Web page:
Major Toby Taylor, 1st Battalion, the East Surrey Regiment, recalls the chaotic retreat to Dunkirk, 1940.
Toby Taylor
Major Toby Taylor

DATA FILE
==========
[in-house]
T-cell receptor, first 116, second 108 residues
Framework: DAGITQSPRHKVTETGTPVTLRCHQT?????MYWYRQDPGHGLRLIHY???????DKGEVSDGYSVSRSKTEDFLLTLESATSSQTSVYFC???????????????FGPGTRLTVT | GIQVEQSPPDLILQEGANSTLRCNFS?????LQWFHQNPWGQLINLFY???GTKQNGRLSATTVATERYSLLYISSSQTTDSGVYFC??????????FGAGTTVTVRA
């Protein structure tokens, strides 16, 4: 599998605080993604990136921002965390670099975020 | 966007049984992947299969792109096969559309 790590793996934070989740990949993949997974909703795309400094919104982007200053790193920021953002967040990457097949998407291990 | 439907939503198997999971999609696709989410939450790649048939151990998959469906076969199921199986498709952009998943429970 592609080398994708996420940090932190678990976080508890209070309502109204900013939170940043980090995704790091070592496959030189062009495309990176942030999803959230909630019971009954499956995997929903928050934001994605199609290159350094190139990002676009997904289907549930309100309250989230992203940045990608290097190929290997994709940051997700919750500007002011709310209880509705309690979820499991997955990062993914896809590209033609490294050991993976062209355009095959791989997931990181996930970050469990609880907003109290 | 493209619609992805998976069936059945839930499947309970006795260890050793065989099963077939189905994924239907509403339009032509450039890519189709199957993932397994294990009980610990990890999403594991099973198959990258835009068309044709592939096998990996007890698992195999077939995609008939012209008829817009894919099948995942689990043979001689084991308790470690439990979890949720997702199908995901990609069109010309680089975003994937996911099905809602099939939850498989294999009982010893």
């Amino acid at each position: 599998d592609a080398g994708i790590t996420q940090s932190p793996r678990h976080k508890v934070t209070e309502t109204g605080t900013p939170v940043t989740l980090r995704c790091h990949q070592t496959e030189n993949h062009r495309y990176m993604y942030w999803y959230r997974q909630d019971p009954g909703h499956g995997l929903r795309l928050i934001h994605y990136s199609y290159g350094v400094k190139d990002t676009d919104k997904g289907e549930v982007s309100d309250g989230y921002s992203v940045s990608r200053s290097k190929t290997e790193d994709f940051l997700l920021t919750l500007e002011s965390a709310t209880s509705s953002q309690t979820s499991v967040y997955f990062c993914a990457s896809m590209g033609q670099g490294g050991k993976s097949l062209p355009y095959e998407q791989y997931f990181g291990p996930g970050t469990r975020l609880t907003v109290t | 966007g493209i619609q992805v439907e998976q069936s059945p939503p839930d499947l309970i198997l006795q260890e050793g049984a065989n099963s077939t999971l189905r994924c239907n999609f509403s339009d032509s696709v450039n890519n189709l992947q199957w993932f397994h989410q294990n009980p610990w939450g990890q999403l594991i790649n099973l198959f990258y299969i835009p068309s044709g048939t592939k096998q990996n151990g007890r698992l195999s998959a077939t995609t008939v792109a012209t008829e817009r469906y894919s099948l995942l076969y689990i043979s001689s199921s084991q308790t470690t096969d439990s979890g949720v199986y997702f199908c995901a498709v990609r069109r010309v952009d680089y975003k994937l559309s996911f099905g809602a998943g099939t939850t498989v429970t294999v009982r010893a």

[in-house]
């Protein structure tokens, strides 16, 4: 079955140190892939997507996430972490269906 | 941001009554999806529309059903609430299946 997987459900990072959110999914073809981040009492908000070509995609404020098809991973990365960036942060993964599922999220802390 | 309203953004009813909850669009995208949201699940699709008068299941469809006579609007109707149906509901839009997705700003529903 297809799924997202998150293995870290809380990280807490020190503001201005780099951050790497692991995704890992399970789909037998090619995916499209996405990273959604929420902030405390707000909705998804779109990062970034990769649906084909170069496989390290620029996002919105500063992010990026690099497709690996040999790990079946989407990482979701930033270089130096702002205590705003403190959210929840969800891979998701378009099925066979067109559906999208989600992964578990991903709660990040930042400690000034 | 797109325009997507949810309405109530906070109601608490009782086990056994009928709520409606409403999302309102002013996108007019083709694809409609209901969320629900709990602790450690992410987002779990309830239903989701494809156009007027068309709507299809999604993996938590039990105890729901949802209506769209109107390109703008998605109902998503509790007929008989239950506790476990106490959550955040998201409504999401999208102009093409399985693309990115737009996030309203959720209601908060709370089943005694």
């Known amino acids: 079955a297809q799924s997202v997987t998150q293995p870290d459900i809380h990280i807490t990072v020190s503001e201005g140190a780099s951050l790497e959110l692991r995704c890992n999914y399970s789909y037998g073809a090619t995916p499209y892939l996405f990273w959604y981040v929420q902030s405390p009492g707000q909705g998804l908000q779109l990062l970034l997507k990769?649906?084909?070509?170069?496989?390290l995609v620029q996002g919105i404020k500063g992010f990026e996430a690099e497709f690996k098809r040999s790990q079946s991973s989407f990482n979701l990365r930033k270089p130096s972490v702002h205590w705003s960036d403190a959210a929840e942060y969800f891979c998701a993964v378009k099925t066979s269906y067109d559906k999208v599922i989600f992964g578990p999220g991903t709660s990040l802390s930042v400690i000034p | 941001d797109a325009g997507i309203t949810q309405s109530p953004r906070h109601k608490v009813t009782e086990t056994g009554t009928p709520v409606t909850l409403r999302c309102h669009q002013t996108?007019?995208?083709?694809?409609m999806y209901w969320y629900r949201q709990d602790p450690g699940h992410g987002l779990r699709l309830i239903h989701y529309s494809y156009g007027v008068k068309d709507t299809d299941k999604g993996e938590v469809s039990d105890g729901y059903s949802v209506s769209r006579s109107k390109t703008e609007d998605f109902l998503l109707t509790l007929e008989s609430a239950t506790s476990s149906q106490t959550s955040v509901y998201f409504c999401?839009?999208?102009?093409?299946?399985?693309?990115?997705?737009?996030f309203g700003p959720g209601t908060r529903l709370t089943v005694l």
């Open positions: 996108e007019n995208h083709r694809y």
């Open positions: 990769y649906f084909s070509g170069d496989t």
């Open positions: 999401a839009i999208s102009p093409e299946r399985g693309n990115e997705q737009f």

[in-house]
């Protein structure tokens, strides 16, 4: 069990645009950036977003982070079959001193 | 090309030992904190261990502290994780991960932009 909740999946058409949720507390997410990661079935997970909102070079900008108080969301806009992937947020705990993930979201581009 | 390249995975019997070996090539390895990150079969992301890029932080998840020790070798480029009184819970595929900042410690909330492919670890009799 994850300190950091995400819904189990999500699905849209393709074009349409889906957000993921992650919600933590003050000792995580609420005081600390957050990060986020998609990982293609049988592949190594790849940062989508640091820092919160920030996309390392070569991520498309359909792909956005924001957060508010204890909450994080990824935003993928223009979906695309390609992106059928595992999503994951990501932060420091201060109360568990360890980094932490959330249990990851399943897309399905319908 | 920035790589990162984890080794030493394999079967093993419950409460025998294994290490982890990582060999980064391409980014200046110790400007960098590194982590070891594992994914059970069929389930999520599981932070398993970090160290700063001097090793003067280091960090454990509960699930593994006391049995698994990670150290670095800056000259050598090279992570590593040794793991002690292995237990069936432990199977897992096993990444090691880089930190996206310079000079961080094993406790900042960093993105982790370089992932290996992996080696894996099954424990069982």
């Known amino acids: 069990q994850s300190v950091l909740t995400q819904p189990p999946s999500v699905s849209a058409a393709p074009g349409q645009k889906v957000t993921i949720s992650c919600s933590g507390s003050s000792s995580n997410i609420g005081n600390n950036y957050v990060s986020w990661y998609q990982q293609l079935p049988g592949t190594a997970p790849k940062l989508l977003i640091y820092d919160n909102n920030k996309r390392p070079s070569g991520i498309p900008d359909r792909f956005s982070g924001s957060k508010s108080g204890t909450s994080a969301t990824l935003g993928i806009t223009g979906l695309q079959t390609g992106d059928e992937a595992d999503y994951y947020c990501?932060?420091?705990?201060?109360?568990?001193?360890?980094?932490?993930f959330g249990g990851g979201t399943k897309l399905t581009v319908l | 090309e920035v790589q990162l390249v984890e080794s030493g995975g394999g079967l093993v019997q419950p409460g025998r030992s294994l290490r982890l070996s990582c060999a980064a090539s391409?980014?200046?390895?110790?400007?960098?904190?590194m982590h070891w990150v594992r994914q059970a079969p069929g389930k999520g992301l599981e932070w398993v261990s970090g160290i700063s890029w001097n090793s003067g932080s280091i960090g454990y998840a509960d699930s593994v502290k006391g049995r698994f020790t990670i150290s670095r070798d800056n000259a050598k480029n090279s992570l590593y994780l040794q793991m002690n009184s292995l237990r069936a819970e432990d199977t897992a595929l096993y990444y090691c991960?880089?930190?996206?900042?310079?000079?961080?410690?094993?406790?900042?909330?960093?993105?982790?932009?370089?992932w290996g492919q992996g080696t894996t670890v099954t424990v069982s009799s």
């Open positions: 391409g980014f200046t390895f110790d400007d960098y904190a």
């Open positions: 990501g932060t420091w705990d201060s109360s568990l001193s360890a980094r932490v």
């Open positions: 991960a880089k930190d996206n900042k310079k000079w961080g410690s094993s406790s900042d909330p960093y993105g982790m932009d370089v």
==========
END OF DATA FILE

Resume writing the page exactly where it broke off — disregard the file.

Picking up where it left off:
We were suddenly told that everything was going to plan. Nothing to worry about. When we got back from the Escaut, we had heavy fighting at the Escaut and a lot of casualties there when we got back to the next position we were slightly in reserve somewhere near Lille the message came through that the army was going to be evacuated and we all breathed a sigh of relief really. We didn’t quite know how it was going to happen but there again one was so worried where the next meal was coming from or I must change my socks, or I’m hungry, that you did not think about the war very much. You had to live. It was like I was saying to you just now, you still had to go to the lavatory, spend a penny, eat and sleep and smoke and all the other so the war didn’t really, that had to be fitted in around your existence. If you never undressed, never took your boots off, from Brussels to Dunkirk I never took my clothes off or my boots off, and that was for about 10 days, but we were very exhausted. We had to march of course and when we got back to outside Dunkirk, no, before you got to that, we had to march about 30 miles, absolutely dead beat by then, you stop every ten minutes as you know probably, whatever time you start marching, you stop at ten to the hour. So if you march for 5 minutes you stop, the whole army stops, you all stop at the same time. Once we stopped the whole of the soldiers flopped like that on the side of the pavement sound asleep and you went kicking them awake and by the time you got down the front they had gone to sleep again and we lost a few prisoners through shear exhaustion. No doubt about it. We marched and marched and eventually got to Dunkirk absolutely whacked out, a place called Coxyde Bains, the north end of the Dunkirk perimeter, full of surrendered Belgians, white flags everywhere. So we had to go into the houses and kick them out. Go on, take their white flags somewhere else so we could get in there but nothing much happened. The Germans weren’t doing anything and the French were defending as well. From my point of view at Dunkirk there was very little fighting. We had very few casualties at Dunkirk. All our casualties were before we got to Dunkirk and then once we knew we were going home, I think I told you I was walking wounded because I had got a wound in the shoulder. People who had lost their vehicles, drivers without trucks, carriers and people who had not got proper jobs because they had lost their equipment were formed into a kind of group under my command to go first home. They had a special name for us I can’t remember, not [lobe], no, I can’t remember. Anyway we went down, we were quite a way from Dunkirk but we had to march down and then we slept at night and then we marched down again and eventually got to Dunkirk where the mole runs out and the whole lines of vehicles going out into the sea, you have probably seen pictures of them. Troops, when the tide came in, troops using these as piers, these vehicles as piers and I with my little group of men. I wandered down to one and they said we are the Royal Fusiliers and I said can I join on and they said hello. So joined them. Then we found a lot of deckchairs and I made a circle of deckchairs and we all flopped into these deckchairs and I remember, and again I have written about this, that there was a funfair that had been abandoned and lots of the soldiers had pinched little dodgem cars and were driving up and down on these little pedal cars you know, all laughing and I was in a row of deckchairs and it was like it was like Brighton beach. Anyway it was all rather hectic, I am making rather light about it actually. There were dead bodies around and everything was burning vehicles and this and that and eventually a RAMC Officer came along asking for wounded and I was, arm in sling, was wounded and one or two others of my little group were, so I handed back to the senior officer whoever it was and said “You are in charge now, I am off to the hospital ship”. It was dark then, getting dark then and at the bottom of the mole at Dunkirk there were a lot of dead mules, why they were there, and dead Frenchmen, anyway right up the far end of the mole there was this hospital ship lit up beautiful. The Germans were marvellous, I won’t have anything against the Germans, you hear about the horrible SS and all which but they were most meticulous the Germans, this hospital ship was absolutely lovely lit up white, all other burning ships around about, the Germans wouldn’t touch to have a Red Cross on and just as I got up, running up this jetty thing, the thing was taking off. I could see it was juddering sideways like that. Anyway a sailor pulled me on board with one hand and this is where the sort of miracle thing, one talks about heaven and hell, forget that, in that hospital ship it was immaculate, beautiful English nurses with lovely starched cuffs right in the middle of Dunkirk there, beautiful smart girls and lovely lying on the bed with a lovely QA nurse looking at your wound. Anyway I fell asleep straightaway and I don’t think I really woke up for several days.